Businesses and, to a lesser extent, high-income people have a lot of choices — about how, when, and where they earn their income, about how that income is classified under tax law, etc. The Powers that Be in New York have been learning that the hard way, as ultra-high-income New Yorkers — who pay an enormously disproportionate share of state and local taxes — decamp for Florida.
Even if there were 100 percent compliance with the law — and there isn’t, and isn’t going to be — perfectly legal strategies for tax avoidance limit what class-war progressives can actually accomplish. And that matters, because . . .
Using the tax code to raise revenue for necessary government spending is different from using the tax code for social engineering and revenge. Conservatives well remember Barack Obama’s declaration that he would raise taxes on wealthy people and businesses even if doing so were economically destructive, simply because he believed it to be a moral imperative. The vindictive attitude toward taxation completely dominates progressive thinking — which is why Democrats such as Elizabeth Warren and Alexandria Ocasio-Cortez are always going on about how much money wealthy people have rather than focusing on the situation of the poor and how that might be alleviated. Barack Obama, in his own words, believes that morality calls for reducing the wealth of the wealthy, irrespective of other considerations.
We hear a lot of that when we are talking about inheritance taxes. From a fiscal point of view, the inheritance tax is an almost purely symbolic issue: It raises very little revenue, and it would raise very little revenue even if it were jacked up. Raising the inheritance tax is not about revenue — it is about resentment.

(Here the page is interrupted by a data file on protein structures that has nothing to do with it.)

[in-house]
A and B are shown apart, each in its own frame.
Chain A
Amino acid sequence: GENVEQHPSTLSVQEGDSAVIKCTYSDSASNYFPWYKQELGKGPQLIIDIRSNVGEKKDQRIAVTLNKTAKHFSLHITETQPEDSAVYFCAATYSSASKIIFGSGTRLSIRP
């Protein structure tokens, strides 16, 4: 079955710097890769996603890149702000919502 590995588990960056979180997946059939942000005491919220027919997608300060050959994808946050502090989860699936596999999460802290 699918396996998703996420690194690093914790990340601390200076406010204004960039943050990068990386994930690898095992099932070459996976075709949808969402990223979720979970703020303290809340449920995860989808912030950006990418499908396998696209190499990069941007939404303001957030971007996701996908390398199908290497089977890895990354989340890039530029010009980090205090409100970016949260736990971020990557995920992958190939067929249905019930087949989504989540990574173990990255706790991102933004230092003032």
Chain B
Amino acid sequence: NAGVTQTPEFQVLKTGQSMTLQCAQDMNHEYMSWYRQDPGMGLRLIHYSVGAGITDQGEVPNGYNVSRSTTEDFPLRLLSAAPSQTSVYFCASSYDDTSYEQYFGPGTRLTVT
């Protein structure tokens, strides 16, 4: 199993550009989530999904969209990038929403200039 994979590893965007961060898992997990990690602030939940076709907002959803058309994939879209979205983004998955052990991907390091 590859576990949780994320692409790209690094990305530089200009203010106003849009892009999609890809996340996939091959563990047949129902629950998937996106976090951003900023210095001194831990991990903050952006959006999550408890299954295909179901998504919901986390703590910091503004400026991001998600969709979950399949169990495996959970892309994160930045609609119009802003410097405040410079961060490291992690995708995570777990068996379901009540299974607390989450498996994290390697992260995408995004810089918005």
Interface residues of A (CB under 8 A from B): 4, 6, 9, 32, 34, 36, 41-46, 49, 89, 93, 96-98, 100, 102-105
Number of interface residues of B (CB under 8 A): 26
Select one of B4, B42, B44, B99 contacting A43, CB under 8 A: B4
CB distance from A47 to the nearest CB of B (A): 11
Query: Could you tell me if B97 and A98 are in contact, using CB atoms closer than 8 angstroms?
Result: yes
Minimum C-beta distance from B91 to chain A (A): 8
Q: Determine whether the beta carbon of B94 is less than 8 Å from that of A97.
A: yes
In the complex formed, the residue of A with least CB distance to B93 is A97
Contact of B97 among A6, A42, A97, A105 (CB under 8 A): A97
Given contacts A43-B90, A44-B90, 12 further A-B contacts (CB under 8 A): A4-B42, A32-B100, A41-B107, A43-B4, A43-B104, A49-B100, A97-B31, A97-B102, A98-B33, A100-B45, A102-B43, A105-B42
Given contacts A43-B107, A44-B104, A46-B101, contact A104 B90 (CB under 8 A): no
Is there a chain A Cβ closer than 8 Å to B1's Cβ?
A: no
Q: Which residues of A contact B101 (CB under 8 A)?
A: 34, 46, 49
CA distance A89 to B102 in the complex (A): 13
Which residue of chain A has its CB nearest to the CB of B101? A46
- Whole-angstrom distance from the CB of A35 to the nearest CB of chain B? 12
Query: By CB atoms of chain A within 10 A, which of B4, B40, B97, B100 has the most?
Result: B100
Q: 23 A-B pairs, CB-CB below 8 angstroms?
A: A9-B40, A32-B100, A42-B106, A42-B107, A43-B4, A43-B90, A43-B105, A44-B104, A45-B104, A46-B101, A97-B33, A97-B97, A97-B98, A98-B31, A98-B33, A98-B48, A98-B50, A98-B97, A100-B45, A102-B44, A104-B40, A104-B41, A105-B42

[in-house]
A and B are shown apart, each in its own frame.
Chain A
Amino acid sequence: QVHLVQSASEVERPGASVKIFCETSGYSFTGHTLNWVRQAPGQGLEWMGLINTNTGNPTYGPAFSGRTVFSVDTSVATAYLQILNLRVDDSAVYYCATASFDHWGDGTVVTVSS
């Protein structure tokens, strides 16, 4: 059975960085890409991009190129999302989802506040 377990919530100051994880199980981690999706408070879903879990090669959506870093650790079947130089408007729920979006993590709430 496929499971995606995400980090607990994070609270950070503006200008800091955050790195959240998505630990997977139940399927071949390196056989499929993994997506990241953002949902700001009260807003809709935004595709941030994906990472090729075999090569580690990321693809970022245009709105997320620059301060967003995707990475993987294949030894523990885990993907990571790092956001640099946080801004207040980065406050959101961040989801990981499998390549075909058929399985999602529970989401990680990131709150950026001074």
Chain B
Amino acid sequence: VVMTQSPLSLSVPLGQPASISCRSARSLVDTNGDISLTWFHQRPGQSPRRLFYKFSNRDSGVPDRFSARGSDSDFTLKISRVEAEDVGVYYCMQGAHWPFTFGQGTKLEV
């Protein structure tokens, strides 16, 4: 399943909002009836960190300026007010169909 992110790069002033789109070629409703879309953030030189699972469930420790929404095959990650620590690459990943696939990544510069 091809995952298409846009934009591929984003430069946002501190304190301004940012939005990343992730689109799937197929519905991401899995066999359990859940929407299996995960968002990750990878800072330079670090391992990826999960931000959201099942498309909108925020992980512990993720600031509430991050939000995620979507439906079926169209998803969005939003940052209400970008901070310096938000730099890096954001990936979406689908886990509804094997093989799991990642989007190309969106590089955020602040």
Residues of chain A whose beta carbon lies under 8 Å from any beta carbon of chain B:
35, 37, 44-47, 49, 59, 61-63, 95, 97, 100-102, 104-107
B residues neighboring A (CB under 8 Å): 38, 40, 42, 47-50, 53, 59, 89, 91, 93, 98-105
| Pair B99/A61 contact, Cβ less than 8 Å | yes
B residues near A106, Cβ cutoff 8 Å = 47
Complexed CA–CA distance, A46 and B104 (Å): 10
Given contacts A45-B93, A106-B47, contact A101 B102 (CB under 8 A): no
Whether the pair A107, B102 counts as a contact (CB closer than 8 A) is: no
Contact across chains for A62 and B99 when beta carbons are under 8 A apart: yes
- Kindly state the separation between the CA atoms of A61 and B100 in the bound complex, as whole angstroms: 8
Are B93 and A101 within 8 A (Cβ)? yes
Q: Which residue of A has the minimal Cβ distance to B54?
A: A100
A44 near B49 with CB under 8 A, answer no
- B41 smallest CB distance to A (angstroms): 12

As usual, that resentment is misplaced. In reality, inherited assets make up a relatively small share of the wealth of wealthy Americans. According to the Bureau of Labor Statistics, inherited assets make up about 15 percent of the wealth of the top quintile if we are sorting by wealth, and about 13 percent of the wealth of the top quintile if we are sorting by income. As it turns out, inherited assets make up a much larger share of the wealth of those with lower incomes: 43 percent for the bottom quintile and 31 for the second quintile. (What that means more often than not is that these lower-income households inherited a house from parents or grandparents, and that this house accounts for a very large share of their wealth.) Most wealthy Americans earn most of their wealth, a few Waltons and Marses and billionaire dilettante magazine publishers notwithstanding.